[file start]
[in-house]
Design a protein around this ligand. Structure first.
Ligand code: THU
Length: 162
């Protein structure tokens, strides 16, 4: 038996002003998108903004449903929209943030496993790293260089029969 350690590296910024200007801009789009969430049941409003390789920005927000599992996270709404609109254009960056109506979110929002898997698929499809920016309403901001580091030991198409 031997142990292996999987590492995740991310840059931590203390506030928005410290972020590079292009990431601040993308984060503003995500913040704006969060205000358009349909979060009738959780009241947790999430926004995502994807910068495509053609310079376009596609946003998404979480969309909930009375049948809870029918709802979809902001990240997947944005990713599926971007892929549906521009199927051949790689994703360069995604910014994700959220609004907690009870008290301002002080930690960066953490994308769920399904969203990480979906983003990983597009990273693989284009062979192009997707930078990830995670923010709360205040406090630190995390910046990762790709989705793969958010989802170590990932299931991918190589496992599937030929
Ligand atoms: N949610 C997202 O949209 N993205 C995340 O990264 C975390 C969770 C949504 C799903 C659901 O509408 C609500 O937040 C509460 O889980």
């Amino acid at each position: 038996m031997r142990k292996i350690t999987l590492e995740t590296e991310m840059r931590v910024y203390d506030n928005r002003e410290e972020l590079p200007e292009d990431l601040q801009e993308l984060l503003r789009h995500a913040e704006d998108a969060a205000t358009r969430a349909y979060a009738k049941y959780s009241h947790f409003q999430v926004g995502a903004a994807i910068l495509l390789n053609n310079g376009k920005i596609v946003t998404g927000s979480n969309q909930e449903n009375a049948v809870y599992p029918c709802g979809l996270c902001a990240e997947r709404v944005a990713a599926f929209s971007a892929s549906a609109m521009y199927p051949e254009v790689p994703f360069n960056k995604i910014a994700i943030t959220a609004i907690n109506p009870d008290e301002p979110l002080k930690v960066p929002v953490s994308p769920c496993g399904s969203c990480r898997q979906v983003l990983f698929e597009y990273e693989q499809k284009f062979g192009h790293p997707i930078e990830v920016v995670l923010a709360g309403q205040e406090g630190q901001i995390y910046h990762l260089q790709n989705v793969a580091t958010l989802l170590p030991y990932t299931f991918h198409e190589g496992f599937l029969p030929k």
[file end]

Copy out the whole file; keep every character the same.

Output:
[in-house]
Design a protein around this ligand. Structure first.
Ligand code: THU
Length: 162
């Protein structure tokens, strides 16, 4: 038996002003998108903004449903929209943030496993790293260089029969 350690590296910024200007801009789009969430049941409003390789920005927000599992996270709404609109254009960056109506979110929002898997698929499809920016309403901001580091030991198409 031997142990292996999987590492995740991310840059931590203390506030928005410290972020590079292009990431601040993308984060503003995500913040704006969060205000358009349909979060009738959780009241947790999430926004995502994807910068495509053609310079376009596609946003998404979480969309909930009375049948809870029918709802979809902001990240997947944005990713599926971007892929549906521009199927051949790689994703360069995604910014994700959220609004907690009870008290301002002080930690960066953490994308769920399904969203990480979906983003990983597009990273693989284009062979192009997707930078990830995670923010709360205040406090630190995390910046990762790709989705793969958010989802170590990932299931991918190589496992599937030929
Ligand atoms: N949610 C997202 O949209 N993205 C995340 O990264 C975390 C969770 C949504 C799903 C659901 O509408 C609500 O937040 C509460 O889980």
């Amino acid at each position: 038996m031997r142990k292996i350690t999987l590492e995740t590296e991310m840059r931590v910024y203390d506030n928005r002003e410290e972020l590079p200007e292009d990431l601040q801009e993308l984060l503003r789009h995500a913040e704006d998108a969060a205000t358009r969430a349909y979060a009738k049941y959780s009241h947790f409003q999430v926004g995502a903004a994807i910068l495509l390789n053609n310079g376009k920005i596609v946003t998404g927000s979480n969309q909930e449903n009375a049948v809870y599992p029918c709802g979809l996270c902001a990240e997947r709404v944005a990713a599926f929209s971007a892929s549906a609109m521009y199927p051949e254009v790689p994703f360069n960056k995604i910014a994700i943030t959220a609004i907690n109506p009870d008290e301002p979110l002080k930690v960066p929002v953490s994308p769920c496993g399904s969203c990480r898997q979906v983003l990983f698929e597009y990273e693989q499809k284009f062979g192009h790293p997707i930078e990830v920016v995670l923010a709360g309403q205040e406090g630190q901001i995390y910046h990762l260089q790709n989705v793969a580091t958010l989802l170590p030991y990932t299931f991918h198409e190589g496992f599937l029969p030929k």